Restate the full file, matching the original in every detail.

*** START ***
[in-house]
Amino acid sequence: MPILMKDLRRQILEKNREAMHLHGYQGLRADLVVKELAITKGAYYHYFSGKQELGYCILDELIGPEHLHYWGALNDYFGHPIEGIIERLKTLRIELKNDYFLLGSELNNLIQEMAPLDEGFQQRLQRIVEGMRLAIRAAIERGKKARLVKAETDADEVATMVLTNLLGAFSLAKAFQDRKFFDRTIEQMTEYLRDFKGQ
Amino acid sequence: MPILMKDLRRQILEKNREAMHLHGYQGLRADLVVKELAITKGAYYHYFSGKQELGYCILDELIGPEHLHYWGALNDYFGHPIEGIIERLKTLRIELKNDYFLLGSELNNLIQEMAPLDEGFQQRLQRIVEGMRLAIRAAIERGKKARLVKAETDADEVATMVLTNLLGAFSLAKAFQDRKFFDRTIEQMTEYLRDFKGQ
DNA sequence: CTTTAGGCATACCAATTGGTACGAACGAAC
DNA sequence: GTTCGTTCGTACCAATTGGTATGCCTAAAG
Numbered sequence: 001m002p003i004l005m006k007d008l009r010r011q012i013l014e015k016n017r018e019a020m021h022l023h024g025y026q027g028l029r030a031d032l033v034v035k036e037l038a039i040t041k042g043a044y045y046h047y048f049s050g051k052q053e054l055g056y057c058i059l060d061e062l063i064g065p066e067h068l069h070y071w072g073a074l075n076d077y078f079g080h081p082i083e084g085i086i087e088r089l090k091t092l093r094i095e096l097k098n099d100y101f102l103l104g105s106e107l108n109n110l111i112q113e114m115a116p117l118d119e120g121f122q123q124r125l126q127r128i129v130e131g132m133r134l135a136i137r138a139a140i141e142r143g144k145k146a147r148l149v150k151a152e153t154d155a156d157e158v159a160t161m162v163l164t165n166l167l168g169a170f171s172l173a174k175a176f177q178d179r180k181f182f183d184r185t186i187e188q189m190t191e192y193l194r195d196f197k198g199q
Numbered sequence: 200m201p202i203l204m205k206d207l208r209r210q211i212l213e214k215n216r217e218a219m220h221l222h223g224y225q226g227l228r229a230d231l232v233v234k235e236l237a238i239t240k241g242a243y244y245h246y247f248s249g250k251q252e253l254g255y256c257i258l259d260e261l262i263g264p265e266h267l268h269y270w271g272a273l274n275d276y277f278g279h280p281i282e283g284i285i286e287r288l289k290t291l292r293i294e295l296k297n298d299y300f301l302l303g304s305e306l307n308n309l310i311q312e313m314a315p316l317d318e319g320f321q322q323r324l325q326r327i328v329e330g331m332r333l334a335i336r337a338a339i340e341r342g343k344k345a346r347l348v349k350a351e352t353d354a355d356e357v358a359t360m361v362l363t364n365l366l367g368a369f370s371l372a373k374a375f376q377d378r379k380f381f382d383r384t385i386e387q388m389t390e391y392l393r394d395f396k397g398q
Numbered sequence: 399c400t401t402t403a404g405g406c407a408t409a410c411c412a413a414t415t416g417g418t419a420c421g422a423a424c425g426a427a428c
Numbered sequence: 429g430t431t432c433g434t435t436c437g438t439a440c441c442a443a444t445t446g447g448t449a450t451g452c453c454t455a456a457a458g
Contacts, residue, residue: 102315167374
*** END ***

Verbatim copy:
[in-house]
Amino acid sequence: MPILMKDLRRQILEKNREAMHLHGYQGLRADLVVKELAITKGAYYHYFSGKQELGYCILDELIGPEHLHYWGALNDYFGHPIEGIIERLKTLRIELKNDYFLLGSELNNLIQEMAPLDEGFQQRLQRIVEGMRLAIRAAIERGKKARLVKAETDADEVATMVLTNLLGAFSLAKAFQDRKFFDRTIEQMTEYLRDFKGQ
Amino acid sequence: MPILMKDLRRQILEKNREAMHLHGYQGLRADLVVKELAITKGAYYHYFSGKQELGYCILDELIGPEHLHYWGALNDYFGHPIEGIIERLKTLRIELKNDYFLLGSELNNLIQEMAPLDEGFQQRLQRIVEGMRLAIRAAIERGKKARLVKAETDADEVATMVLTNLLGAFSLAKAFQDRKFFDRTIEQMTEYLRDFKGQ
DNA sequence: CTTTAGGCATACCAATTGGTACGAACGAAC
DNA sequence: GTTCGTTCGTACCAATTGGTATGCCTAAAG
Numbered sequence: 001m002p003i004l005m006k007d008l009r010r011q012i013l014e015k016n017r018e019a020m021h022l023h024g025y026q027g028l029r030a031d032l033v034v035k036e037l038a039i040t041k042g043a044y045y046h047y048f049s050g051k052q053e054l055g056y057c058i059l060d061e062l063i064g065p066e067h068l069h070y071w072g073a074l075n076d077y078f079g080h081p082i083e084g085i086i087e088r089l090k091t092l093r094i095e096l097k098n099d100y101f102l103l104g105s106e107l108n109n110l111i112q113e114m115a116p117l118d119e120g121f122q123q124r125l126q127r128i129v130e131g132m133r134l135a136i137r138a139a140i141e142r143g144k145k146a147r148l149v150k151a152e153t154d155a156d157e158v159a160t161m162v163l164t165n166l167l168g169a170f171s172l173a174k175a176f177q178d179r180k181f182f183d184r185t186i187e188q189m190t191e192y193l194r195d196f197k198g199q
Numbered sequence: 200m201p202i203l204m205k206d207l208r209r210q211i212l213e214k215n216r217e218a219m220h221l222h223g224y225q226g227l228r229a230d231l232v233v234k235e236l237a238i239t240k241g242a243y244y245h246y247f248s249g250k251q252e253l254g255y256c257i258l259d260e261l262i263g264p265e266h267l268h269y270w271g272a273l274n275d276y277f278g279h280p281i282e283g284i285i286e287r288l289k290t291l292r293i294e295l296k297n298d299y300f301l302l303g304s305e306l307n308n309l310i311q312e313m314a315p316l317d318e319g320f321q322q323r324l325q326r327i328v329e330g331m332r333l334a335i336r337a338a339i340e341r342g343k344k345a346r347l348v349k350a351e352t353d354a355d356e357v358a359t360m361v362l363t364n365l366l367g368a369f370s371l372a373k374a375f376q377d378r379k380f381f382d383r384t385i386e387q388m389t390e391y392l393r394d395f396k397g398q
Numbered sequence: 399c400t401t402t403a404g405g406c407a408t409a410c411c412a413a414t415t416g417g418t419a420c421g422a423a424c425g426a427a428c
Numbered sequence: 429g430t431t432c433g434t435t436c437g438t439a440c441c442a443a444t445t446g447g448t449a450t451g452c453c454t455a456a457a458g
Contacts, residue, residue: 102315167374